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Laos To Join Whaling Body At Japan Request As Iceland Targeted By Sea Shepherd

File image of IWC meeting. Photo courtesy AFP.
by Staff Writers
Tokyo (AFP) May 15, 2007
Landlocked Laos has agreed to join the world's whaling body at Japan's request, an official said Tuesday, leading campaigners to accuse Tokyo of buying votes in its bid to resume commercial whaling. The Japanese foreign ministry here said Laos, whose prime minister is on a visit to Japan, plans to join the International Whaling Commission (IWC).

The move comes ahead of the IWC's annual meeting later this month in Alaska, where Tokyo is expected again to push for an end to a moratorium on commercial whaling.

"Japan requested cooperation on preserving traditional culture and we think the reason Laos agreed to join the IWC is to help improve friendly ties with Japan," the foreign ministry official said.

Laotian Prime Minister Bouasone Bouphavanh is currently holding talks here on securing investment from the world's second largest economy.

Japan, which says whale meat is part of its culture, hunts whales using a loophole that allows a catch for scientific research.

It is campaigning for an outright resumption of commercial whaling. Only Norway and Iceland defy the global ban on hunting altogether.

Pro-whaling nations won a razor-thin 33-32 victory at the last IWC meeting in the Caribbean last year, passing a symbolic resolution saying the whaling moratorium was no longer necessary.

The environmental campaign group Greenpeace, which opposes whaling, accuses Japan of using aid to boost the IWC's ranks with friendly developing nations, many in Africa, which have no genuine involvement in the issue.

"In the IWC, countries are fighting to get even one vote so there is a chance that one vote could change things a lot," said Junichi Sato, Greenpeace Japan's campaign leader.

"To join the IWC in return for receiving aid does not reflect what the Laotian people desire, and to have Laos join an international meeting through these obscure means is very bad for both Japan and Laos," Sato said.

But the Japanese official said it was uncertain if Laos would join in time for this month's meeting, which is set again to pit Japan against anti-whaling nations led by Australia, Britain, New Zealand and the United States.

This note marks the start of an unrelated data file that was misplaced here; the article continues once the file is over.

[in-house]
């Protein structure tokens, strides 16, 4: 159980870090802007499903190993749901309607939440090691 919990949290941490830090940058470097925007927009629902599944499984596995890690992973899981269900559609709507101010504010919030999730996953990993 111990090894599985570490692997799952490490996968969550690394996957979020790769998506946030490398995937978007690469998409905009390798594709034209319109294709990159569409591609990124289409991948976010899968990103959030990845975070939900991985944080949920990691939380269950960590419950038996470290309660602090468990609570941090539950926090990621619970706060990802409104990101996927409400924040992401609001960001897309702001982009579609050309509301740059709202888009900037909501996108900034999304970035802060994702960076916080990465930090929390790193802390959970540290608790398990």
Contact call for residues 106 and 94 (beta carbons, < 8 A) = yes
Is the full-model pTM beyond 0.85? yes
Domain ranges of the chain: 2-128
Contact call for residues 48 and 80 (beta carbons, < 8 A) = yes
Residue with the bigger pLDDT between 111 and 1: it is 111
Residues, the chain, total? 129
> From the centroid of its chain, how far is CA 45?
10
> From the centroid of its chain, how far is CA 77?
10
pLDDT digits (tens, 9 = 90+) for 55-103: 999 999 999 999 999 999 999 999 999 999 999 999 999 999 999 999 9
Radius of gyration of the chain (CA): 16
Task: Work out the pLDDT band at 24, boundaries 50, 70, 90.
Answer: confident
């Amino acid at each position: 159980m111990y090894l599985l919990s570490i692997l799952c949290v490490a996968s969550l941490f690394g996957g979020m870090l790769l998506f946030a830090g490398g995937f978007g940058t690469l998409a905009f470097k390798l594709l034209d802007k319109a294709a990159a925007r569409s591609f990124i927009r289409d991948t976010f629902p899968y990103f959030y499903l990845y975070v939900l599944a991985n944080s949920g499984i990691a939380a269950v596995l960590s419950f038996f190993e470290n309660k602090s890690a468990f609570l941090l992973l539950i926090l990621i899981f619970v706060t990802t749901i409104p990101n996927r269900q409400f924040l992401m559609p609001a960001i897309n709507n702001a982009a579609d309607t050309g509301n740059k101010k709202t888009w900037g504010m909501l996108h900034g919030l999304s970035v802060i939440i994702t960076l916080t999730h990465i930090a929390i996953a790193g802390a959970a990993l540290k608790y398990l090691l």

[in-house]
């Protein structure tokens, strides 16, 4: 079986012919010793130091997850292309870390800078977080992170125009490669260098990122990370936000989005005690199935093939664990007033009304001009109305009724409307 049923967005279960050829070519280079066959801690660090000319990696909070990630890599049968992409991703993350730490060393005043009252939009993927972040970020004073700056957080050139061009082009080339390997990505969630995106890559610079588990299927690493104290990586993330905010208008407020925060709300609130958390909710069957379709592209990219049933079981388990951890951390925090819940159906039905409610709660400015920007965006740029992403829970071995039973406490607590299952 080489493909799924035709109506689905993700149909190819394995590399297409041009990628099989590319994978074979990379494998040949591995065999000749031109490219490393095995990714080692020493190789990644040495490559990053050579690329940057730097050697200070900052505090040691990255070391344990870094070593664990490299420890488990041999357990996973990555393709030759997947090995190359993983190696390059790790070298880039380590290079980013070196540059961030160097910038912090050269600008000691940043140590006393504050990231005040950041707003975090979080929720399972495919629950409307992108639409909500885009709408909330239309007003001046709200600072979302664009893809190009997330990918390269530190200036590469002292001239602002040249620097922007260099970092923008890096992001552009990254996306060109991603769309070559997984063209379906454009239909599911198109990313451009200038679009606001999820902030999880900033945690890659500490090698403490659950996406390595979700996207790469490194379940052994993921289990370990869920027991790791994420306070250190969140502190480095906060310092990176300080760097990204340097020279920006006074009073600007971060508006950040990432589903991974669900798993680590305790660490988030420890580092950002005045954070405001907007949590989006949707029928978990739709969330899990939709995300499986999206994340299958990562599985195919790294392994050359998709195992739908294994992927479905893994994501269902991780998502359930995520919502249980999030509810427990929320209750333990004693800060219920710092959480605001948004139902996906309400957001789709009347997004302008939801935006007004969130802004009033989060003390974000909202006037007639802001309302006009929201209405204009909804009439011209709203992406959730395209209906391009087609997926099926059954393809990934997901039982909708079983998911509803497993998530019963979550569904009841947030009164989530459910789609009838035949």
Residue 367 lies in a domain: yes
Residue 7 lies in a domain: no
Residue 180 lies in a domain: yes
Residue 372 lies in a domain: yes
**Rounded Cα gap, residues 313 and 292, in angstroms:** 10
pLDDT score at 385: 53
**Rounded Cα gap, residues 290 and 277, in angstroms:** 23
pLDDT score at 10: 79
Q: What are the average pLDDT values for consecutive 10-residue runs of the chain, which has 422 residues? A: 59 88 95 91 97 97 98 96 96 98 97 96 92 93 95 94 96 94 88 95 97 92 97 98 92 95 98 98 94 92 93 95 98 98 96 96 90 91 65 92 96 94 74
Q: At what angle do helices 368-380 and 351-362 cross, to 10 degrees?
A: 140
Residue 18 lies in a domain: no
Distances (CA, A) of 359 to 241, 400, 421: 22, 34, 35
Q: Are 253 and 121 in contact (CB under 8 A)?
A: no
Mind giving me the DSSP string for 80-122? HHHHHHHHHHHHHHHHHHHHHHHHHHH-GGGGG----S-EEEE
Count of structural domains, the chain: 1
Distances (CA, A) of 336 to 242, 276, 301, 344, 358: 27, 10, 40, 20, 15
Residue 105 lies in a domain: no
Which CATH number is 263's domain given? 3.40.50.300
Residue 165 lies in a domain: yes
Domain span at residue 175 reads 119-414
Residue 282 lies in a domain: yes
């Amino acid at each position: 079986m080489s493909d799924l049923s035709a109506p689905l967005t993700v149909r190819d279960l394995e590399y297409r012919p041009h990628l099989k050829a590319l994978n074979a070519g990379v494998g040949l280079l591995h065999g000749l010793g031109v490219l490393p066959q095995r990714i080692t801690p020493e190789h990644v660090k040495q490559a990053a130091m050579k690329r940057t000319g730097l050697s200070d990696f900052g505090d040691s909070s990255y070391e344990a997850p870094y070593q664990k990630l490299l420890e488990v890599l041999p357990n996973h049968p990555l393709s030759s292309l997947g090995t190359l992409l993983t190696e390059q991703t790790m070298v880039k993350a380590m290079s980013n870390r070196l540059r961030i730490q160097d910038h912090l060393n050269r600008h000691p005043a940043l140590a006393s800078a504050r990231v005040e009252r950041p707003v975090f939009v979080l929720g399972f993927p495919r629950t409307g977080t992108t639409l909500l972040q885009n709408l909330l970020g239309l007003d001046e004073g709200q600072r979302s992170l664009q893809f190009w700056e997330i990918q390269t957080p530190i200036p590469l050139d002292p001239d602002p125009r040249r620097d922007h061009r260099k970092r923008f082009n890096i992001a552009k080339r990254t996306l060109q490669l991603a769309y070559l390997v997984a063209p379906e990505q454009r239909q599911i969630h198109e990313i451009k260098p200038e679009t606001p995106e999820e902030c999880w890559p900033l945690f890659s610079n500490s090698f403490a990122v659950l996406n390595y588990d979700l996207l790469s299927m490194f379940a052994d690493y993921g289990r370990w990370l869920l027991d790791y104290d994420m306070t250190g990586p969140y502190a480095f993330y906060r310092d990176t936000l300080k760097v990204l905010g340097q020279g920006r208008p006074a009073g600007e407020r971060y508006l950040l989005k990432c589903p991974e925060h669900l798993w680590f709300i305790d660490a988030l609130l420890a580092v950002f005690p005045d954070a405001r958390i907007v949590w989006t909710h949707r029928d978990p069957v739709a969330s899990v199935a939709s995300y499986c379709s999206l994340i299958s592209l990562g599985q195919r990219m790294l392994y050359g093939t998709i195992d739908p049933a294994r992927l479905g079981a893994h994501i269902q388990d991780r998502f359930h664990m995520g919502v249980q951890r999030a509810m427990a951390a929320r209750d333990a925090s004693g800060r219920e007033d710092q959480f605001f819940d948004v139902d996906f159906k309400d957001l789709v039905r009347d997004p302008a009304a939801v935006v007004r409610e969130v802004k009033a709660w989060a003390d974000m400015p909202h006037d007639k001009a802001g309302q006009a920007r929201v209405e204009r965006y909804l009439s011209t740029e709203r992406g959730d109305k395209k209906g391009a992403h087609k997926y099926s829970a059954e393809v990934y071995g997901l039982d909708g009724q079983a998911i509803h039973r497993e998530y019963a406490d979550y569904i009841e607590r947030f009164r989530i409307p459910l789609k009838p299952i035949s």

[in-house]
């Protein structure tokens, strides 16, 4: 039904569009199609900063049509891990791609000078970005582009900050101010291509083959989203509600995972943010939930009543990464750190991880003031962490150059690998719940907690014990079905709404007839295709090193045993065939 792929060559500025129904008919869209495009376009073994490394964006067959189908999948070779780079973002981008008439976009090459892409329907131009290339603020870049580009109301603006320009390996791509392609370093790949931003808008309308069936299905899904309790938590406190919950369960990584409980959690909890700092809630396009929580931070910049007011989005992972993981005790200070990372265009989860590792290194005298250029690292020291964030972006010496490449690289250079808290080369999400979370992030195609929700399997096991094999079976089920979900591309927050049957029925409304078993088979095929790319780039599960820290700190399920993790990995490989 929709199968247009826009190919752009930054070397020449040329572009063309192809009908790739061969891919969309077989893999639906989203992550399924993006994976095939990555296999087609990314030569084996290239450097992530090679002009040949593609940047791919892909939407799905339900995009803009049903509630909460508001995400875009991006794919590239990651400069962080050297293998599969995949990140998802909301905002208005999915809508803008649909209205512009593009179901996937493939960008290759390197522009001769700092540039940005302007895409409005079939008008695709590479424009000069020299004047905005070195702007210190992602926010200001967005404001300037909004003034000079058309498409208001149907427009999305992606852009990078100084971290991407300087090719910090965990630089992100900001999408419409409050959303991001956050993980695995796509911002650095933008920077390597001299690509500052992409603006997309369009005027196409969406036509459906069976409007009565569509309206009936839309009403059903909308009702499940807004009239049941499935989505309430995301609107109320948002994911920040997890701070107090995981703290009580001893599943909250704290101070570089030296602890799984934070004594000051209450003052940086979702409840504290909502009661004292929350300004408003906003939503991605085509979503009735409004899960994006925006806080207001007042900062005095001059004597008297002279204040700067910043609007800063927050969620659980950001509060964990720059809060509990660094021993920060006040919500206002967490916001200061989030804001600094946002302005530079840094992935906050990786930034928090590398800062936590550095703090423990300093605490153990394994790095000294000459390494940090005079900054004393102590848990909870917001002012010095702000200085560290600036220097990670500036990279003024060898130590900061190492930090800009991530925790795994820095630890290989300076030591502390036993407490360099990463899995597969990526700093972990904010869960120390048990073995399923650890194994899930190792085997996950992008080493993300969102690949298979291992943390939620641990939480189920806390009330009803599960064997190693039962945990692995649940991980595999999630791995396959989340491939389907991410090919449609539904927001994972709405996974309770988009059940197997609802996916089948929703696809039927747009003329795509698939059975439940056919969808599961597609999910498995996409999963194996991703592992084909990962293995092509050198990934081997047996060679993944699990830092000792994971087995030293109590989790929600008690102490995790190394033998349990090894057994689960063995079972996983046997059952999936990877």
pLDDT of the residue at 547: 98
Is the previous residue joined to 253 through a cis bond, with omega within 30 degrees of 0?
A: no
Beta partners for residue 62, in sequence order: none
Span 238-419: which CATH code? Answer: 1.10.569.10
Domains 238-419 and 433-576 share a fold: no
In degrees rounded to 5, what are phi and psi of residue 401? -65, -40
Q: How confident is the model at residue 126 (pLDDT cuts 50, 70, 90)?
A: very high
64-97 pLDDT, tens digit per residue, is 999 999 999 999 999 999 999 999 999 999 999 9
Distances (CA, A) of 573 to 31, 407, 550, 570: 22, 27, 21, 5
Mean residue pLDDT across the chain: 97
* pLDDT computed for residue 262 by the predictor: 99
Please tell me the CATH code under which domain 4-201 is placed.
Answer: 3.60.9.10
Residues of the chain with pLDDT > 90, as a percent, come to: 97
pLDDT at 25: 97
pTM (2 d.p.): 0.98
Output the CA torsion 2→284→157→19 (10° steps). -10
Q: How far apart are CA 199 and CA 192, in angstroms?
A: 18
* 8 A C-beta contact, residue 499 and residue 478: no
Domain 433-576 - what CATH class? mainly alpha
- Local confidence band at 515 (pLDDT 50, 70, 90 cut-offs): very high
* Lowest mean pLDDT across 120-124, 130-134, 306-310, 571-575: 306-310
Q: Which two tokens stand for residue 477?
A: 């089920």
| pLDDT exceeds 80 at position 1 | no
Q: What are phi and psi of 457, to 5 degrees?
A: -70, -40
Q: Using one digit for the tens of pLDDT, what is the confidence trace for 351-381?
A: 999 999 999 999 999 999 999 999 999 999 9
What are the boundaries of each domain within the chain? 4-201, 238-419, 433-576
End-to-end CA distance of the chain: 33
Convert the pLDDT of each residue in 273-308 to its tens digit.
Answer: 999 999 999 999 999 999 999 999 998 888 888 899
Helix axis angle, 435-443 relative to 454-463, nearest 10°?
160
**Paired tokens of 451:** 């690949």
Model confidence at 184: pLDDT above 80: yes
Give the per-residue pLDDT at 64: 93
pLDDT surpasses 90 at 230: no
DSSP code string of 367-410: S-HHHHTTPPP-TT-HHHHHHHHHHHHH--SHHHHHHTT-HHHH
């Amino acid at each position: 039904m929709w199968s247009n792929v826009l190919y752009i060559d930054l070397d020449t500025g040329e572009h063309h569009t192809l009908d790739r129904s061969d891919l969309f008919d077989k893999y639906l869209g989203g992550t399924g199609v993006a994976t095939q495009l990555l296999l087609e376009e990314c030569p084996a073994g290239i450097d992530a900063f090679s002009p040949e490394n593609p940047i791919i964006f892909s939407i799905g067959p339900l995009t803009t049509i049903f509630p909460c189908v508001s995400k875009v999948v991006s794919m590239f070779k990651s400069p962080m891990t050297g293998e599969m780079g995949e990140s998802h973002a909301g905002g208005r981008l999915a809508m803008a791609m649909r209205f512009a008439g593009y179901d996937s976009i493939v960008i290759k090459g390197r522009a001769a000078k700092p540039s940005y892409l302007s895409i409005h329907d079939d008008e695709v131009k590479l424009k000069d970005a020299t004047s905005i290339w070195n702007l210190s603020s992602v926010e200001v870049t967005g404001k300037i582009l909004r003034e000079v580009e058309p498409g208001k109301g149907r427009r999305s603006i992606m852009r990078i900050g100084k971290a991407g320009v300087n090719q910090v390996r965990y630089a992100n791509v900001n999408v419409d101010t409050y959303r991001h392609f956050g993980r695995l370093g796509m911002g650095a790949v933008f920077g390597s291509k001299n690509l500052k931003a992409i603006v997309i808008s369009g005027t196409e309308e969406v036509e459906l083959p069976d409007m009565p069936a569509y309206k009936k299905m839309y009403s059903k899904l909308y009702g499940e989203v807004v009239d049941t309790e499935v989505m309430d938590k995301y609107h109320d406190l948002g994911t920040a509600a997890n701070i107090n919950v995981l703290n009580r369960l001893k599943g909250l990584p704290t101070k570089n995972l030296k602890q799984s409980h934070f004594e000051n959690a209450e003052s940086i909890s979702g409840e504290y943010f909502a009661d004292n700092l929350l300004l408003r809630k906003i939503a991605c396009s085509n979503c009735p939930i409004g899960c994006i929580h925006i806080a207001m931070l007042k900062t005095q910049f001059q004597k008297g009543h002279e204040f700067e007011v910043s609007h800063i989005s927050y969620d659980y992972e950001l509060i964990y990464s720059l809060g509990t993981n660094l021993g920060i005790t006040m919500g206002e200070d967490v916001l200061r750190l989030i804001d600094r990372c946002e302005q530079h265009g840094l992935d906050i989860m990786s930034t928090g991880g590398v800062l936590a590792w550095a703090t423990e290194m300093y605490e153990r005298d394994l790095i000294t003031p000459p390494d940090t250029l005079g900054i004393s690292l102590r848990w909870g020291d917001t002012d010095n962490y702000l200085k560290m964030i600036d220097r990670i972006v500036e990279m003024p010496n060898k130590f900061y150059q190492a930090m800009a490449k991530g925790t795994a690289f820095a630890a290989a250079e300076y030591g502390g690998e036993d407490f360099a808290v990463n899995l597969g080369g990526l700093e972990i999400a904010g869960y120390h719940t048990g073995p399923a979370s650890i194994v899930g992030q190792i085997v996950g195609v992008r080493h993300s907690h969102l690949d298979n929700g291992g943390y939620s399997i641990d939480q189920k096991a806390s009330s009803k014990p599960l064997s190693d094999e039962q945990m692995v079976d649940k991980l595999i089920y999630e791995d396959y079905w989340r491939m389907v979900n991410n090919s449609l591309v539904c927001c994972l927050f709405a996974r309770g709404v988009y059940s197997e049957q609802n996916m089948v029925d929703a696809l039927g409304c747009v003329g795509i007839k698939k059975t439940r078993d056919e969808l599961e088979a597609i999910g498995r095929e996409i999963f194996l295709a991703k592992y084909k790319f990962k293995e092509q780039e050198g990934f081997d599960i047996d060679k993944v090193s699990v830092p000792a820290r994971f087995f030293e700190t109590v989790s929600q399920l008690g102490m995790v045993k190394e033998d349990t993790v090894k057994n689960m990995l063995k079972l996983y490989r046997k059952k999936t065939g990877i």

The Laotian leader on Monday agreed with Prime Minister Shinzo Abe to set up a council of government and private-sector officials by the end of the year to discuss a pact on bilateral investment.

"I hope that both our governments will explain ourselves to investors ... in order to create a secure environment" for them in Laos, Bouasone told a news conference Tuesday.

Bouasone will meet with business leaders and the Japan Bank for International Cooperation, the government-backed lender, and have a ceremonial audience with Emperor Akihito and Empress Michiko before leaving Thursday.

earlier related report
Anti-whaling activists target Iceland
Sydney (AFP) May 15 - Activists who sank two of Iceland's whaling ships 20 years ago announced plans Tuesday to disrupt the country's resumed whale hunt.

The Sea Shepherd Conservation Society said its flagship "Farley Mowat" would leave Australia later in the day and head for the North Atlantic with a crew of volunteers from around the world.

Sea Shepherd, headed by Canadian Paul Watson, describes itself as the most aggressive non-governmental organisation in the world.

One of its ships clashed in the Antarctic this year with Japanese whalers, with each side accusing the other of ramming the other's vessel.

Watson noted in a statement received here that Sea Shepherd sank two Icelandic whalers in Reykjavik harbor in 1986 and warns that it will "shut down" Iceland's whaling operations resumed in October last year.

"We cannot and we must not allow them to destroy these whales and therefore we have no alternative but to put our lives and our ship on the line for the defence of the whales of the North Atlantic," Watson said.

The International Whaling Commission (IWC) imposed a moratorium on commercial whaling in 1986.

Iceland's decision to resume commercial whaling, making it only the second country to do so after Norway, sparked protests from around the world. Japan claims its annual whale hunts are for scientific research.

The IWC holds its annual meeting in Anchorage, Alaska on May 28-31, where Japan will again press for the commercial hunting ban to be lifted.

Source: Agence France-Presse

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International Whaling Commission (IWC)
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Scientists Gather As Japan Prepares For Whaling Fight
Washington DC (AFP) May 08, 2007
Japan geared for its perennial clash with conservationists over lifting a commercial hunting ban Monday ahead of the polarized International Whaling Commission's annual meeting. But as the IWC's scientific committee began two weeks of closed sessions in Anchorage, Alaska to prepare a report for the May 28-31 meeting, the global body's future could also be at stake as Japan has warned it could quit.

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